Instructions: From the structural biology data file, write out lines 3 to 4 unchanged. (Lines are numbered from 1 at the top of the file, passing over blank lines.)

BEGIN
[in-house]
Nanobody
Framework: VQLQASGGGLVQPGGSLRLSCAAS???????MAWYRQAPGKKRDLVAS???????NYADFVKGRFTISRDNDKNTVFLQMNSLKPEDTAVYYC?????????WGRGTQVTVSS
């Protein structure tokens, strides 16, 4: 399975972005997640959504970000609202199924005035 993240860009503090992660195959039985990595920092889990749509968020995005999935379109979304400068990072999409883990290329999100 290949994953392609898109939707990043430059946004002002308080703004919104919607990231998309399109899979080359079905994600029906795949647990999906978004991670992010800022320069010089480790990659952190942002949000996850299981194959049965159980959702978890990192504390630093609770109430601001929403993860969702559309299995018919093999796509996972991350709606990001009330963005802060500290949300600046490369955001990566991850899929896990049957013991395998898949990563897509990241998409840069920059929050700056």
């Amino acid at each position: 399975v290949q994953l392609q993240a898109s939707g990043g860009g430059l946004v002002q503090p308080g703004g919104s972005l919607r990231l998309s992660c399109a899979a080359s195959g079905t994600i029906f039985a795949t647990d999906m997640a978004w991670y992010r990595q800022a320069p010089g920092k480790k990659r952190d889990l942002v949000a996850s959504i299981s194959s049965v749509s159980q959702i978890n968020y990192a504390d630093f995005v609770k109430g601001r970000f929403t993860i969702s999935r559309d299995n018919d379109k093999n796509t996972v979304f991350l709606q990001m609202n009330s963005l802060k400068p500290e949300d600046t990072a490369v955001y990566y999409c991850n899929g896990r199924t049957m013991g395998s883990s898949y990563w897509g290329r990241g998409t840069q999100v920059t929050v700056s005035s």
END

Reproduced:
Framework: VQLQASGGGLVQPGGSLRLSCAAS???????MAWYRQAPGKKRDLVAS???????NYADFVKGRFTISRDNDKNTVFLQMNSLKPEDTAVYYC?????????WGRGTQVTVSS
């Protein structure tokens, strides 16, 4: 399975972005997640959504970000609202199924005035 993240860009503090992660195959039985990595920092889990749509968020995005999935379109979304400068990072999409883990290329999100 290949994953392609898109939707990043430059946004002002308080703004919104919607990231998309399109899979080359079905994600029906795949647990999906978004991670992010800022320069010089480790990659952190942002949000996850299981194959049965159980959702978890990192504390630093609770109430601001929403993860969702559309299995018919093999796509996972991350709606990001009330963005802060500290949300600046490369955001990566991850899929896990049957013991395998898949990563897509990241998409840069920059929050700056």